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Cave findings shed light on Europe’s earliest prehistory

Earliest evidence of cultural contacts between Balkans and Middle East in prehistory

Map of the principal non-Acheulean Middle Pleistocene sites in Central and Southeastern Europe, Anatolia, and the Levant.

Map of the principal non-Acheulean Middle Pleistocene sites in Central and Southeastern Europe, Anatolia, and the Levant. (Figure 12)

A University of Winnipeg paleoanthropologist is part of a Serbian-Canadian team researching numerous stone artifacts, remains of Neanderthals and Pleistocene fauna dating from the period 300-240 thousand years ago, found in the caves Velika and Mala Balanica in Sićevo George near Niš.

Specialized tools and remains of fire indicate cultural connection between the Balkans, Anatolia and the Middle East.

Their findings, led by Dr. Dusan Mihailović from the University of Belgrade and Dr. Mirjana Roksandic from The University of Winnipeg, and including an international team of experts from Serbia, USA, France, Spain, Australia, and Canada, are published in the Journal of Human Evolution.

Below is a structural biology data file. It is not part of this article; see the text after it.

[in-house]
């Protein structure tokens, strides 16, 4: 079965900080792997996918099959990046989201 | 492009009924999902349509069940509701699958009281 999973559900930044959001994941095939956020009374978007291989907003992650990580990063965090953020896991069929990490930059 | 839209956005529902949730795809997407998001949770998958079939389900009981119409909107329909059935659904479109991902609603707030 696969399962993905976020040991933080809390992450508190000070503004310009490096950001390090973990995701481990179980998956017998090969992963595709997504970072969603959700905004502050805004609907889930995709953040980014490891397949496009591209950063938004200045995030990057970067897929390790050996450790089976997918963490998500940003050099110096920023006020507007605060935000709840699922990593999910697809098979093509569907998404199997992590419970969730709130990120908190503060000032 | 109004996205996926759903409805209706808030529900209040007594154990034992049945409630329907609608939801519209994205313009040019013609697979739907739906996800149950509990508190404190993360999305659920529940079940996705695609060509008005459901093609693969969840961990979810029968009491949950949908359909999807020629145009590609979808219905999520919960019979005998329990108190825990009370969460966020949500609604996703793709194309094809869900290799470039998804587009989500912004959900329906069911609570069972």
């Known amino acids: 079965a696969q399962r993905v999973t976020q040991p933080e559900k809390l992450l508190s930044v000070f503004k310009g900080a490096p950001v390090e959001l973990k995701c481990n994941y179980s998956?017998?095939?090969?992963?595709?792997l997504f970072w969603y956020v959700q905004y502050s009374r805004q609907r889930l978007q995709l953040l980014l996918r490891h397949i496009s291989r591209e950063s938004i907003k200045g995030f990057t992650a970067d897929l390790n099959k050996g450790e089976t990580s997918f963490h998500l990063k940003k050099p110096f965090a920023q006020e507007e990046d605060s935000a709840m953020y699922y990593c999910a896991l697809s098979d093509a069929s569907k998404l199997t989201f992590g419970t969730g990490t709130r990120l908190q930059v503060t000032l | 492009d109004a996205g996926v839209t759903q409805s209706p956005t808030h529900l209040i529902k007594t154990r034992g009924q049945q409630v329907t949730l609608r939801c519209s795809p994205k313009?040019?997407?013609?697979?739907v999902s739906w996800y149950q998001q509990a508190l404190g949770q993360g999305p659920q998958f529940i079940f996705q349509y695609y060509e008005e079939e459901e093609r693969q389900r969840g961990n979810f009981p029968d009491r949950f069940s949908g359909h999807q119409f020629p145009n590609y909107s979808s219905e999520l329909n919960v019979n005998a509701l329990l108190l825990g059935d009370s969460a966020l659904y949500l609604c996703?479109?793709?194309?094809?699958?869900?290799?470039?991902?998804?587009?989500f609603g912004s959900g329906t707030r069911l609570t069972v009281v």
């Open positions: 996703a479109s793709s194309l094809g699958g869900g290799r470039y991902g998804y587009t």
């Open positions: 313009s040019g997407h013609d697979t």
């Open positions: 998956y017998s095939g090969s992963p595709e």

Findings confirm cultural connections

The existence of cultural ties between the Balkans and the Middle East in the distant past has often been debated, especially in the context of westward spread of anatomically modern humans 40 thousand years ago or the spread of agriculture around 8 thousand years ago. Earlier links between the two areas have often been disputed; however, archaeological research at Balanica caves demonstrates that Europe’s earliest prehistory cannot be viewed in isolation from the Middle East.

The team confirmed that the cultural ties between the two areas existed more than 240,000 years ago, at a time when people began to use fire regularly and make standardized tools for processing leather and fur.

It is in the Middle East, in the Yabrudien culture, that the oldest fires and specialized tools for processing leather and fur (the so-called Quina side-scrapers) were discovered.

Identical tools and the remains of a fire similar to the Qesem cave in Israel were discovered recently in Balanica, and date back to the period when specialized tools of this type have not yet been used in other parts of Europe.

This indicates that 300-240 thousand years ago there was a cultural connection between the Balkans, Anatolia and the Middle East.

It is still not possible to say with certainty whether the spread of cultural innovations was due to population movements or to cultural transmission from the Middle East and who were the bearer of these changes (Neanderthals or anatomically modern humans). It is certain, however, that these innovations later led to the final shaping of cultural patterns characteristic of the Middle Paleolithic – a period that represents one of the major turning points in the early history of the humankind.

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